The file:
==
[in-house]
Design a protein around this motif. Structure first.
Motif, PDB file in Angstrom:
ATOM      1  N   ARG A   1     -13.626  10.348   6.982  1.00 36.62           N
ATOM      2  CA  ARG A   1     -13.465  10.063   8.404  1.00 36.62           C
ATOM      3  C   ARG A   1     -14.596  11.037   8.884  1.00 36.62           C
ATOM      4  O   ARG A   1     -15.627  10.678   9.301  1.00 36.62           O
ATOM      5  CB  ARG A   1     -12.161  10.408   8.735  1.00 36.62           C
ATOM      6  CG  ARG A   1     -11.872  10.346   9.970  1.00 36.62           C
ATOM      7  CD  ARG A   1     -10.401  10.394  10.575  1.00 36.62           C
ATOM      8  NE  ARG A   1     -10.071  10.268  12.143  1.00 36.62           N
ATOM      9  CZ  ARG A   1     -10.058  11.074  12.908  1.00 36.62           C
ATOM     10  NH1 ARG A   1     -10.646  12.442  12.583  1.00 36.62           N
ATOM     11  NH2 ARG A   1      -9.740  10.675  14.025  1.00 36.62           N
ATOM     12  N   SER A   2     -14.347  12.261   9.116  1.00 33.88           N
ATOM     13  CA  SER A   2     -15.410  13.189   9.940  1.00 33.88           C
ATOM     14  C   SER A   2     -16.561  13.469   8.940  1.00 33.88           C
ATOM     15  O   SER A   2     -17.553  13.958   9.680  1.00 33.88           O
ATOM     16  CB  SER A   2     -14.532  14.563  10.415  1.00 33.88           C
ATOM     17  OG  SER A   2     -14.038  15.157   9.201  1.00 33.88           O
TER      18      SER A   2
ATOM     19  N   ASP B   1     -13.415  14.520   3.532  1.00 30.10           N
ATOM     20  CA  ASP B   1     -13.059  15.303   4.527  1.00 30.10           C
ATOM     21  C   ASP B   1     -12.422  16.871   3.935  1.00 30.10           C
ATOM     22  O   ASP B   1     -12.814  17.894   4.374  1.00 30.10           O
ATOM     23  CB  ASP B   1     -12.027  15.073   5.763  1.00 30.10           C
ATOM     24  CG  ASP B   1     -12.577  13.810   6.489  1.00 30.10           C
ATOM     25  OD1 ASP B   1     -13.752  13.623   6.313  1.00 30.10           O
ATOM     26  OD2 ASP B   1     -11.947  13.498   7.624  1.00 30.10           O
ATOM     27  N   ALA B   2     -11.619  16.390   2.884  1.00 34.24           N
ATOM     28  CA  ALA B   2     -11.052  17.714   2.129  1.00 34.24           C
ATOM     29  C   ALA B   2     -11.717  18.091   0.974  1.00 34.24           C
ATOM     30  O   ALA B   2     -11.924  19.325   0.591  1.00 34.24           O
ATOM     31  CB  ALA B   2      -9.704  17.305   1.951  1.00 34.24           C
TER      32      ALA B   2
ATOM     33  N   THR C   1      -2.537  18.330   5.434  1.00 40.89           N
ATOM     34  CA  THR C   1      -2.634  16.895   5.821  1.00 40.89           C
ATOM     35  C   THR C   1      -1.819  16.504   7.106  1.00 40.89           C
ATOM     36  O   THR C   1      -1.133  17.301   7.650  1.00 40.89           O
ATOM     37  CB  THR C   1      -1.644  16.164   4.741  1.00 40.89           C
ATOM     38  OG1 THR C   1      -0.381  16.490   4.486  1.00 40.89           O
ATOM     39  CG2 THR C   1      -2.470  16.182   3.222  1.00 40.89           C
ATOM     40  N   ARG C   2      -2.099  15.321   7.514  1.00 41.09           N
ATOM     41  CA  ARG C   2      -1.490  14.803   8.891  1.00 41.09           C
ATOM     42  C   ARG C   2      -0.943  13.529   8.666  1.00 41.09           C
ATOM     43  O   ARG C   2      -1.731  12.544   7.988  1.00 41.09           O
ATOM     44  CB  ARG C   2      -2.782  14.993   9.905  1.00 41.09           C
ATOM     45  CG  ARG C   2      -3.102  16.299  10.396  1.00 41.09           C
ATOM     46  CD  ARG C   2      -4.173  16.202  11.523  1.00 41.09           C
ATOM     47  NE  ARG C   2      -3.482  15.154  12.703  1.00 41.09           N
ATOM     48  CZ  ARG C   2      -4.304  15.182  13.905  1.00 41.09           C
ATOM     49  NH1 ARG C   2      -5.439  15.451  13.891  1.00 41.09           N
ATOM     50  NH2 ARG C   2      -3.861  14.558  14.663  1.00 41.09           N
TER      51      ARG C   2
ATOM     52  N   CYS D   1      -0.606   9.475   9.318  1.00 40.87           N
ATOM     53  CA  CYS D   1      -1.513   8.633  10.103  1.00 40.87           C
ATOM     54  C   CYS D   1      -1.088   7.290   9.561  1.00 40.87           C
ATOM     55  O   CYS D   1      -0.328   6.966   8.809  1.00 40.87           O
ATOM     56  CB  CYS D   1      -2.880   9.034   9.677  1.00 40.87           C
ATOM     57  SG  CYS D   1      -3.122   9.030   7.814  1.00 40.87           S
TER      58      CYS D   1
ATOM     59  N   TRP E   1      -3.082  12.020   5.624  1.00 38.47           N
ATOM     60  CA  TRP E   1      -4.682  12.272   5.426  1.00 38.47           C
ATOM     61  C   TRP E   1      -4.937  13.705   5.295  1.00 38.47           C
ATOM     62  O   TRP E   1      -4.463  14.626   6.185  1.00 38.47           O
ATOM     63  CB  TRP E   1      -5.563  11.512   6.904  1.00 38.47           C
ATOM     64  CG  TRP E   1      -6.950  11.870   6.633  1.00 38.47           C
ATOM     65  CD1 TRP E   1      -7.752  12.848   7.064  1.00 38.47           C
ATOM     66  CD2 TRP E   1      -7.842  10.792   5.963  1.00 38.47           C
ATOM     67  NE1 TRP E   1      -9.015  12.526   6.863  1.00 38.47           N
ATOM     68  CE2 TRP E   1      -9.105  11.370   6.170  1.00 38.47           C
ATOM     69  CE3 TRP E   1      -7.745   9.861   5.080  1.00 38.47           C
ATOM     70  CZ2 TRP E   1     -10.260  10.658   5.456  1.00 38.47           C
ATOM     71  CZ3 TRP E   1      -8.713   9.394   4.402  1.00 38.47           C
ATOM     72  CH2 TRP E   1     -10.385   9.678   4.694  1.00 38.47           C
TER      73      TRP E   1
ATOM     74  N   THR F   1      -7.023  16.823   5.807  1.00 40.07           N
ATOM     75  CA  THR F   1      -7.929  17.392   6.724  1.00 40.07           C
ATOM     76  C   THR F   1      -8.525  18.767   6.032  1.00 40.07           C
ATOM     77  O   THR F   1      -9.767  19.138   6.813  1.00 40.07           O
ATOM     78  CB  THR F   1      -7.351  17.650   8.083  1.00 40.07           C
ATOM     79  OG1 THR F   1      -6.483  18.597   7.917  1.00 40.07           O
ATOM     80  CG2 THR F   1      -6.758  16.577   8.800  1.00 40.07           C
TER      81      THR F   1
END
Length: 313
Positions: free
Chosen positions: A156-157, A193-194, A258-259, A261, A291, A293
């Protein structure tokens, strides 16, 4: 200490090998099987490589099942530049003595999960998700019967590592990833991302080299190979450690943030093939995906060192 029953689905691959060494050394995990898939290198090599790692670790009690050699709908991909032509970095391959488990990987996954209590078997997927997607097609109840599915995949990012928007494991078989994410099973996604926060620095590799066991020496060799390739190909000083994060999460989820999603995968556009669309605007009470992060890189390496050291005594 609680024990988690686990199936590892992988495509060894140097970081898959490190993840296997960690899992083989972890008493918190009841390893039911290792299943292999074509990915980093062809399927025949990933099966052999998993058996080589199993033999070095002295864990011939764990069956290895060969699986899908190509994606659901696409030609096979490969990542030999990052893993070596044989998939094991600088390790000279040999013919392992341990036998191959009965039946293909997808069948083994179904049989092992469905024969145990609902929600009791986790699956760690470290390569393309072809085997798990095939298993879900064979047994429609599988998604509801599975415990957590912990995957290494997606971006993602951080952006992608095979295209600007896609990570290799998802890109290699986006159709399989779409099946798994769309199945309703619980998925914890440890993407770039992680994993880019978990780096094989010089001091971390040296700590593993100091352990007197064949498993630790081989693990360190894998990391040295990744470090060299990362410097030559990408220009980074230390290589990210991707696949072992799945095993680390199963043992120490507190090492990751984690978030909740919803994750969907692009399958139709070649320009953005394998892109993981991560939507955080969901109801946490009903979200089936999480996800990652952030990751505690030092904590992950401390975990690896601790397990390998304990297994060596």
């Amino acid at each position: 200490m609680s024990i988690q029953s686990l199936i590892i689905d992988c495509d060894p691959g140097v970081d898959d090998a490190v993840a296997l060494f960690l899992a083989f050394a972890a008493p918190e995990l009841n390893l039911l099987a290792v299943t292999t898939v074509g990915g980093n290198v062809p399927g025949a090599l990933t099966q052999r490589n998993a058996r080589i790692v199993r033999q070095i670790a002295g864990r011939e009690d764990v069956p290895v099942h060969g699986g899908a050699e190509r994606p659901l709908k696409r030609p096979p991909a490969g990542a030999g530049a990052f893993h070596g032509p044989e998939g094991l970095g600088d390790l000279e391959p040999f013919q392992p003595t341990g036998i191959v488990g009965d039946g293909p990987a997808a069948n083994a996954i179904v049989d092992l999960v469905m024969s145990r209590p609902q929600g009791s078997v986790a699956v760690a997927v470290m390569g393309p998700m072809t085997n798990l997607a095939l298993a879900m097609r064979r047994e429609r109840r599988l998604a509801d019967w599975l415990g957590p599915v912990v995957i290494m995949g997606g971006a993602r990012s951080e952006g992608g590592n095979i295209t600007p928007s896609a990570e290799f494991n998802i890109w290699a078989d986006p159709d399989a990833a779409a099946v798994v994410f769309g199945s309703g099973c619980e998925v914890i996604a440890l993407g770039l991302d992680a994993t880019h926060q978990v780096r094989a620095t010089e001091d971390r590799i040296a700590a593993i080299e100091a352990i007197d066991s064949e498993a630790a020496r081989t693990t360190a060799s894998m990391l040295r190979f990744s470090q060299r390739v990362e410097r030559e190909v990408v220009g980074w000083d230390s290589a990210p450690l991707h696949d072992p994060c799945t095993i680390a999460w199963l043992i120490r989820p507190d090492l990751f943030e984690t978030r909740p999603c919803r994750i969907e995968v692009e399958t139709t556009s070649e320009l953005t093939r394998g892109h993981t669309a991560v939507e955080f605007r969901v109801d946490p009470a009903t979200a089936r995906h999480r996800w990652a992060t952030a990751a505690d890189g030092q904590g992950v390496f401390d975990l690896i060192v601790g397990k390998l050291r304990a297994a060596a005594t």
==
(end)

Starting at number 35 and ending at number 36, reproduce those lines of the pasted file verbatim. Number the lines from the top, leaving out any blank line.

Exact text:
TER      32      ALA B   2
ATOM     33  N   THR C   1      -2.537  18.330   5.434  1.00 40.89           N